Materialism gets a bad press. It is all very well to disdain the accumulation of material goods, and I am more than willing to admit that ‘experiences’ and ‘relationships with other humans’ have plenty going for them. But I suspect that those who inveigh most loudly against the love of things are not so much spiritual as lacking in imagination. There are things and there are things. It is not just that, as Christopher de Hamel notes, ‘a yearning for possession can be among the most powerful of emotions’. It is also that the right material transforms materialism into a kind of spirituality. In the case of de Hamel’s chosen yen, the medieval manuscript, it goes further still: ‘sometimes bordering on madness’, the urge to possess can turn into a service to mankind. Linked by their love of manuscripts, the twelve accumulators de Hamel profiles in this delightful book have, taken together, been responsible for making and preserving some of the most beautiful and important objects to have survived the Middle Ages. Thank God for materialists.
The Posthumous Papers of the Manuscripts Club follows on from de Hamel’s 2016 book, Meetings with Remarkable Manuscripts – one of those rare surprise hits on a niche subject that garnered prizes and stormed the Christmas book lists. Here, rather than meeting manuscripts, de Hamel imagines himself encountering those who, like him, have dedicated their lives to them. It is a select fraternity: across ten centuries, only a dozen enthusiasts make the cut. Beyond their shared obsession, though, the cast is as varied as could be: it runs from a saint, Anselm (c 1033–1109), to a certified sinner, the forger Constantine Simonides (c 1824–c 1890), via the petty, the powerful and the otherwise powerless. The motley crew includes one duke, three knights of the realm, a lapsed Catholic cleric, the chief rabbi of Moravia and Bohemia and an African-American autodidact who assembled one of the most important manuscript collections in the world.
The result is a joy, both deeply scholarly and wittily humane, the writing infused throughout with de Hamel’s vast and genial expertise. More than once de Hamel turns out to have handled the same manuscripts that his subjects did. His profile of the Low Countries miniaturist Simon Bening (c 1484–1561) sees him recount the ‘harrowing experience’ of transporting one of his books from Amsterdam to Sotheby’s in London during a disrupted Christmas travel season. The image of de Hamel trying to get home from Heathrow ‘in the freezing early hours of a midwinter morning’, with the oldest manuscript by one of the greatest illuminators of the early modern period dangling by his side ‘in a shopping bag’, is enough to make you shudder in both sympathy and envy.
Although lay readers may find, as I did, that certain figures here are more engaging than others, they are all illuminated through de Hamel’s knack for picking out the human detail. Like a modern commuter clutching a paperback, one of the bookseller Vespasiano da Bisticci’s (c 1422–98) clients ordered himself an extra-small, one-volume collection of the works of Virgil, Juvenal and Martial as ‘a comfort for the journey and a pleasure in the carriage’. And what could be more familiar than the apology offered by John Donne to Robert Cotton in a letter from around 1604: ‘Sir, I have both held your booke longer than I ment, and held you longer by thys letter, now I send it backe’? I might get that printed on some cards to use myself.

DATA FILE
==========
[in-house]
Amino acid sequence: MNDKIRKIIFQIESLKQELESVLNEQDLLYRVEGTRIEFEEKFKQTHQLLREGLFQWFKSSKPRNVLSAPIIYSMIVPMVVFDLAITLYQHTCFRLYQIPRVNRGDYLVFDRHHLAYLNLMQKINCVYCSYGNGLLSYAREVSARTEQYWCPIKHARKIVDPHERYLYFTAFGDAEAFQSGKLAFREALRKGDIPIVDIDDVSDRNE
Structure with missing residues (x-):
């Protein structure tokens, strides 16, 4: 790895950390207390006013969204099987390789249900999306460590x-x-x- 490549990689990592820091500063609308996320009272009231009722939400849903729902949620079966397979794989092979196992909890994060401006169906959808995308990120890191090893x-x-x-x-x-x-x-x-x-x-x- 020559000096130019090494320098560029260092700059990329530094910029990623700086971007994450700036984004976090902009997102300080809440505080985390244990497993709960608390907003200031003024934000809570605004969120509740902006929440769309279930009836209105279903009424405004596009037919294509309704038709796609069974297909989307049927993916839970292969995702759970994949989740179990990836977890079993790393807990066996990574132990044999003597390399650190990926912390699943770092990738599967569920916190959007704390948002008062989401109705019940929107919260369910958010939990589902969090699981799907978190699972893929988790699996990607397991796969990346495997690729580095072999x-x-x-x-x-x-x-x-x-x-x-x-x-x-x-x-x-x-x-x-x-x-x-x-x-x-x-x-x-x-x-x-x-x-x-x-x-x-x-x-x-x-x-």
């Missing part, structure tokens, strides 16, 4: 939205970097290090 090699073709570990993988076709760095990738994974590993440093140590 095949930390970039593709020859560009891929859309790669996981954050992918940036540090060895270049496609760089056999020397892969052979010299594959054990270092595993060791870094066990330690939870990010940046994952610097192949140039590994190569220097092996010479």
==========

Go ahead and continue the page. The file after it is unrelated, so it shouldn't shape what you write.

Better still is the workplace grudge nursed by Frederic Madden (1801–73), keeper of manuscripts at the British Museum. Madden despised his rival, Antonio Panizzi, head of printed books, with a fervour. Whatever Panizzi was actually like, Madden denounced him as, among other things, ‘peasant-born, foreign, scheming, untruthful, Roman Catholic, overweight, dishevelled’. Retiring only after Panizzi had done so, Madden left as a parting shot in his department’s ledger ‘a deep curse on the unscrupulous, lying, scheming Italian villain, by whose enmity my official life has been embittered so many years’. It did not stop there. Six years later, outraged that Panizzi had failed to die in accordance with a spiritualist prophecy he had solicited, Madden wrote in his diary, ‘Daily, hourly, do I curse him!’
For me, though, the most arresting figure is de Hamel’s final subject, Belle da Costa Greene (1879–1950). It is to her expertise, nous and skill that New York’s Morgan Library owes its existence. Greene worked as J Pierpont Morgan’s private librarian, managing and expanding his collection. It was at her urging that he transformed his library, which contained one of the largest collections of manuscripts in the world, into the public institution it remains today. Her story would be extraordinary enough if it were just a case of a woman succeeding in the intensely male world of financiers and collectors at the start of the 20th century. What makes it more extraordinary still is that Greene was African-American. During the age of segregation, equipped with a spurious Portuguese family tree, Greene had to pass as white and live a permanent lie to pursue her vocation.
This is a fascinating book and, not negligibly, it is also a handsome one. Crammed with full-colour illustrations, it might not be a manuscript, but it is about the next best thing.